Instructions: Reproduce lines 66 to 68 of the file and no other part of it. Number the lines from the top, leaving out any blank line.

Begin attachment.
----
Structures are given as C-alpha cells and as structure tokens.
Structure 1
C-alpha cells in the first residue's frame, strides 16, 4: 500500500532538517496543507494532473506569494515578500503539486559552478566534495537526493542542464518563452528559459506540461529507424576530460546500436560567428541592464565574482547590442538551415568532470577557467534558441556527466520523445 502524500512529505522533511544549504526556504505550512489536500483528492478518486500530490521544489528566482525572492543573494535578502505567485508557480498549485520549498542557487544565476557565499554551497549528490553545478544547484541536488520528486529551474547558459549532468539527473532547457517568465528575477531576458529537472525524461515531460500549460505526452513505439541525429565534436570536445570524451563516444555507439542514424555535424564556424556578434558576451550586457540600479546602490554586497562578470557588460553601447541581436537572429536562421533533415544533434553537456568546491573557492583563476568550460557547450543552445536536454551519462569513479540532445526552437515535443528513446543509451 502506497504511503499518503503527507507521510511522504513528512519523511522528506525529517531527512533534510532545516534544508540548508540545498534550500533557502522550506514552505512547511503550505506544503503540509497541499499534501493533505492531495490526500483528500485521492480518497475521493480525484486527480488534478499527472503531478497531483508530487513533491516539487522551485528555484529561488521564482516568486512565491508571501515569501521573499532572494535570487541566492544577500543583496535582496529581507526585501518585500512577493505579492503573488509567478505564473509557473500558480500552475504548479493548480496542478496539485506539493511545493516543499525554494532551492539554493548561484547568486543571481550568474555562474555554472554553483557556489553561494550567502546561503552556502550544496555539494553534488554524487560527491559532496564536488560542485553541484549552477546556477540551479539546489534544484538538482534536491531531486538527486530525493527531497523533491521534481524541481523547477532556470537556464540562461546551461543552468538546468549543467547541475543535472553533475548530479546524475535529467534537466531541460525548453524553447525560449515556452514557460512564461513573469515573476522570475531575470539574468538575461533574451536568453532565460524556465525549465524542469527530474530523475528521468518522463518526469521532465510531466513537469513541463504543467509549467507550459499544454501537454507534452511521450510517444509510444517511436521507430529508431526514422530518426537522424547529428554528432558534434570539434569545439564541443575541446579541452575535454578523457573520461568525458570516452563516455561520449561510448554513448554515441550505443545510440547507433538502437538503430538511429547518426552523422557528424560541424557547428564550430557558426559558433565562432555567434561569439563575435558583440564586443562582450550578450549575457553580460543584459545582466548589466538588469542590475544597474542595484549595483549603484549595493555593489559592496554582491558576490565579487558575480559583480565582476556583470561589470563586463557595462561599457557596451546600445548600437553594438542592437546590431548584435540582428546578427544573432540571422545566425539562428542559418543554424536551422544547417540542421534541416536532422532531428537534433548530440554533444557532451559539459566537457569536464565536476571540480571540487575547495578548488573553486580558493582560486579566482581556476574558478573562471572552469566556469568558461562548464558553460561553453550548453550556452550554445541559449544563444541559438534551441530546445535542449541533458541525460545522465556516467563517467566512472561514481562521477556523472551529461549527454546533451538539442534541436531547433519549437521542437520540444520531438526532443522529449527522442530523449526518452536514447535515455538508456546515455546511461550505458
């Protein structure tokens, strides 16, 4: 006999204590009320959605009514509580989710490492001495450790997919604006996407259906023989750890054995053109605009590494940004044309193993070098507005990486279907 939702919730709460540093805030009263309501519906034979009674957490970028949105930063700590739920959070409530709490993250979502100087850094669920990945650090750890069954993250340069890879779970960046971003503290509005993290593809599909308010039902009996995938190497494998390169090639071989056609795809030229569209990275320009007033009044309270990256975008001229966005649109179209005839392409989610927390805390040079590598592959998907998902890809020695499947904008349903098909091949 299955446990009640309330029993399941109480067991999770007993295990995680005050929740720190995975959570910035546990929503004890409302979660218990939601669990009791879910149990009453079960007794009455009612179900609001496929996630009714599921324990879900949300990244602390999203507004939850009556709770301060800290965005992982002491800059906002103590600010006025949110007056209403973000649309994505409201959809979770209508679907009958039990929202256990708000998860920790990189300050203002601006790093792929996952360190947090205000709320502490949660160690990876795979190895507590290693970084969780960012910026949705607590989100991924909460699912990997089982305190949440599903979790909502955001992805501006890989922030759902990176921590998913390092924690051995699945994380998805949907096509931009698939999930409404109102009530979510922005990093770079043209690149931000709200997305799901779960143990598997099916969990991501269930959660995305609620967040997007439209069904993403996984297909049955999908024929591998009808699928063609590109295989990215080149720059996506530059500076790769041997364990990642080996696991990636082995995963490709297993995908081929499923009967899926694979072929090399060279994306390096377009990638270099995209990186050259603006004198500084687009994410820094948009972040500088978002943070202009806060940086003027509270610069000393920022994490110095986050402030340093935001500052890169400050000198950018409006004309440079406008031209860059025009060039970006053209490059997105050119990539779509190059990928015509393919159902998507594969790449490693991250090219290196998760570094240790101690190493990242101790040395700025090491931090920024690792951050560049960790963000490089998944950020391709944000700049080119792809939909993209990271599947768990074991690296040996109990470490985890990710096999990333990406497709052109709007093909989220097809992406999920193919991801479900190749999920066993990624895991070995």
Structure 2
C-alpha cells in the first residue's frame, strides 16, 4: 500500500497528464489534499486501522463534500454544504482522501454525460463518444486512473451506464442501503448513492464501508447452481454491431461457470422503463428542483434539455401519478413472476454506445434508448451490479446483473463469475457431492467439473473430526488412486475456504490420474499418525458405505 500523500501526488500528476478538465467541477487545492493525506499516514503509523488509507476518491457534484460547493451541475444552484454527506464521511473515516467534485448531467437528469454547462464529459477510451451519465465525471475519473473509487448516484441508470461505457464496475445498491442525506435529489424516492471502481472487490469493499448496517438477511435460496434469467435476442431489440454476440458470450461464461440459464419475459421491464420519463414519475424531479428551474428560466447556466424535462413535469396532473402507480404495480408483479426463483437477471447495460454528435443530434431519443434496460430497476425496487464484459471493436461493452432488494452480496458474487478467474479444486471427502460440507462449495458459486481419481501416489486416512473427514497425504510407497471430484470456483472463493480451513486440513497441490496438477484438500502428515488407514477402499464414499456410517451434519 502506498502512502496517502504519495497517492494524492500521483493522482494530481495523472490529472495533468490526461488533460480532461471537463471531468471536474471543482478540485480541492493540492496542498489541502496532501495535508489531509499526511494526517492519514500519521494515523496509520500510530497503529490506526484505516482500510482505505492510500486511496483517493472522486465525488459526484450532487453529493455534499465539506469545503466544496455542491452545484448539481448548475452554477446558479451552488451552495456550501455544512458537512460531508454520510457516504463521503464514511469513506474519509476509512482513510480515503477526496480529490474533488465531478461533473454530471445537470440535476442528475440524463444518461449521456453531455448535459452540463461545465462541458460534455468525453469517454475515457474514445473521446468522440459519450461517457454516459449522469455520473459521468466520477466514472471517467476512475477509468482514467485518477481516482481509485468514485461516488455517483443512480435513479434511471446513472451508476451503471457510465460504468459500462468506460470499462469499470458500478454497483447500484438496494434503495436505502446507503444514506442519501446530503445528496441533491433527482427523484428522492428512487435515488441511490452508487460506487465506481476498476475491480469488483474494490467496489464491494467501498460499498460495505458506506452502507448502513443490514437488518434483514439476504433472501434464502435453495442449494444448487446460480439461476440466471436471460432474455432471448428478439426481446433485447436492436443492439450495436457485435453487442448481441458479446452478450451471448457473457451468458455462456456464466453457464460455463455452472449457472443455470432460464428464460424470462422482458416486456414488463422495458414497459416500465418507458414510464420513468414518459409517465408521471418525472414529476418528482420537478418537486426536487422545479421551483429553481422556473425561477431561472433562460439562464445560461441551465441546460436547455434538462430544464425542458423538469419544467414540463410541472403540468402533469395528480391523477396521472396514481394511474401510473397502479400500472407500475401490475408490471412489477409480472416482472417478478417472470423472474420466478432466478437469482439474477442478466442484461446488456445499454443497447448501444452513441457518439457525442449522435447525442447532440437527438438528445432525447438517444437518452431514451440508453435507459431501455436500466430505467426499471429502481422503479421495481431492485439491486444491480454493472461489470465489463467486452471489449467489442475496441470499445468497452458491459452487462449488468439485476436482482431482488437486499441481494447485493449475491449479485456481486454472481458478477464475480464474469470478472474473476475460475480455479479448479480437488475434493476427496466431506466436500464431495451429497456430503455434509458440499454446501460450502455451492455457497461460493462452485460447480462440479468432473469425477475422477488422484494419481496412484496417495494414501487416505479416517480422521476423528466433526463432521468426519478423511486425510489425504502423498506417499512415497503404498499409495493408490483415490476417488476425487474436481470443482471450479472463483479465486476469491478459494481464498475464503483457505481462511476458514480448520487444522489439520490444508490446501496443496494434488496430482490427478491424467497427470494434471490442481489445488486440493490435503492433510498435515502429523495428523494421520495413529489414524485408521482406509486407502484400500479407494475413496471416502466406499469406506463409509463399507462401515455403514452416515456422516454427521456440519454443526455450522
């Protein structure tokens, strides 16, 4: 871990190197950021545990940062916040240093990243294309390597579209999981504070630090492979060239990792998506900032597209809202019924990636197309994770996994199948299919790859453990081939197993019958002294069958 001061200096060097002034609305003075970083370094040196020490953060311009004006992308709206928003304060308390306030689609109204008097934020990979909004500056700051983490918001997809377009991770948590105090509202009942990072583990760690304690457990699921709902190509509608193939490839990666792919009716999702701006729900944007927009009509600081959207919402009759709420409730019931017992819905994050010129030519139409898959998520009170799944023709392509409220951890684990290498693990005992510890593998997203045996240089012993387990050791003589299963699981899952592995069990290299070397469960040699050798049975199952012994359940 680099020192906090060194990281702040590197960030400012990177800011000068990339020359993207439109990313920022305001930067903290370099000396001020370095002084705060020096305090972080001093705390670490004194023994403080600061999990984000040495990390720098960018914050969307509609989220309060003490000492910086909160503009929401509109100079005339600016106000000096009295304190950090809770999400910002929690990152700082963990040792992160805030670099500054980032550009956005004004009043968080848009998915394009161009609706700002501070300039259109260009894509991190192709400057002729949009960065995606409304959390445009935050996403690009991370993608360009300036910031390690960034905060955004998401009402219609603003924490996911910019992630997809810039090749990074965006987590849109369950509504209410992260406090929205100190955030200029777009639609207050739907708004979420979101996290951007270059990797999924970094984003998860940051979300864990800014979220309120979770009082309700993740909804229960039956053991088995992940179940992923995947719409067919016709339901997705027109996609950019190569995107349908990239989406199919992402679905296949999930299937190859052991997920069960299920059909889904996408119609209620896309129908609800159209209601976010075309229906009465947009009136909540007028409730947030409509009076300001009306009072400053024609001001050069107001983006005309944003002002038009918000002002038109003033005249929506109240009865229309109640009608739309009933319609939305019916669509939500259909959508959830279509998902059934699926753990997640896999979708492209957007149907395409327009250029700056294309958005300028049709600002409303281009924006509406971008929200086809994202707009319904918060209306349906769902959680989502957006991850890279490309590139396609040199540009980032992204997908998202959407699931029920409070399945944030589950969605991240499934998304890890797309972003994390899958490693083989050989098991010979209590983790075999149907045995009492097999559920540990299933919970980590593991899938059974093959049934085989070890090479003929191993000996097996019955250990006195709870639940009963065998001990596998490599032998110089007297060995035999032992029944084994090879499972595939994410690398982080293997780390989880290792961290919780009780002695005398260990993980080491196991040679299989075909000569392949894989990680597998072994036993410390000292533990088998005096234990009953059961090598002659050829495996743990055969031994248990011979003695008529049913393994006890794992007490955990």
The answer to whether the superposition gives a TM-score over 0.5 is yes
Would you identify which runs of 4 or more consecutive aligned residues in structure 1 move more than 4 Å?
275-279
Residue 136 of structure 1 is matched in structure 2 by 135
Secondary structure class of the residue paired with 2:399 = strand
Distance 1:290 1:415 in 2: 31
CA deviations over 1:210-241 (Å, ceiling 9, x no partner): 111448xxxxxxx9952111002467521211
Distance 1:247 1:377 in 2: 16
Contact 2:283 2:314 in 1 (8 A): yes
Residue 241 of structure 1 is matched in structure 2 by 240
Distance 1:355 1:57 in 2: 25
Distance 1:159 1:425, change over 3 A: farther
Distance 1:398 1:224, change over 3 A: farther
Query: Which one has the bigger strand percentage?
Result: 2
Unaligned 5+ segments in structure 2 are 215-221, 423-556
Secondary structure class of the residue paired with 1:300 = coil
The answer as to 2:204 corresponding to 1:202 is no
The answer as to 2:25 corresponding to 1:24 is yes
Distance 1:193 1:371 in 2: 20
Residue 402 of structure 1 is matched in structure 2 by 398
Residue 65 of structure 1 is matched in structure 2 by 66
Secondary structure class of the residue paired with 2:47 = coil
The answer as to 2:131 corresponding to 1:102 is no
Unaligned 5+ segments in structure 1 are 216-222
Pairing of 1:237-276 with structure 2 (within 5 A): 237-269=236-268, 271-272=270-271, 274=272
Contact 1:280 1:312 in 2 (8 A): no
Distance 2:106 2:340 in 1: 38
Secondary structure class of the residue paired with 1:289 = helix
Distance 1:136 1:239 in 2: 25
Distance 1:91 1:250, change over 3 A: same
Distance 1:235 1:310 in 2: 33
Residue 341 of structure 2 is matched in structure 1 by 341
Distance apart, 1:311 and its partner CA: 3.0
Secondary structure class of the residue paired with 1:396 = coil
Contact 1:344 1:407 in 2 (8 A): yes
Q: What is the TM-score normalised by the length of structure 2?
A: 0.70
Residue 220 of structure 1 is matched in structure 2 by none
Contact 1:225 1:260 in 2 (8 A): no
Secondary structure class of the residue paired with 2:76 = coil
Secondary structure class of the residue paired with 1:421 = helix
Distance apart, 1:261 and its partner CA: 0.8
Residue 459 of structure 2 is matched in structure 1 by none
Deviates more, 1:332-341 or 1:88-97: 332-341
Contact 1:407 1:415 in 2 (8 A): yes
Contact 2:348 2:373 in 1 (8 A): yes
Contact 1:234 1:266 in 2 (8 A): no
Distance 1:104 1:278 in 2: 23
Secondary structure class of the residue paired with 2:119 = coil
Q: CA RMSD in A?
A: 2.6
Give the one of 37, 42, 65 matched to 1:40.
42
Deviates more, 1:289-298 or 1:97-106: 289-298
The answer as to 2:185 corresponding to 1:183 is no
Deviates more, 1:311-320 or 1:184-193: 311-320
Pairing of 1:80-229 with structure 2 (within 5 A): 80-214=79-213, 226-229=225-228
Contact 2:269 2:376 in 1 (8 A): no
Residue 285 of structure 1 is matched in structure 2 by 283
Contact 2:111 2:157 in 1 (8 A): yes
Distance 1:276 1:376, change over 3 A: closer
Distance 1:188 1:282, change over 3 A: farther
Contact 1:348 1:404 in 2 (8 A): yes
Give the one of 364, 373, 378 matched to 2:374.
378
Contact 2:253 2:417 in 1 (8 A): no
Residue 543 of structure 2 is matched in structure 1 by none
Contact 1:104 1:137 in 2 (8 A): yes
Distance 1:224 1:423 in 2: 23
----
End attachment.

Contact 2:269 2:376 in 1 (8 A): no
Residue 285 of structure 1 is matched in structure 2 by 283
Contact 2:111 2:157 in 1 (8 A): yes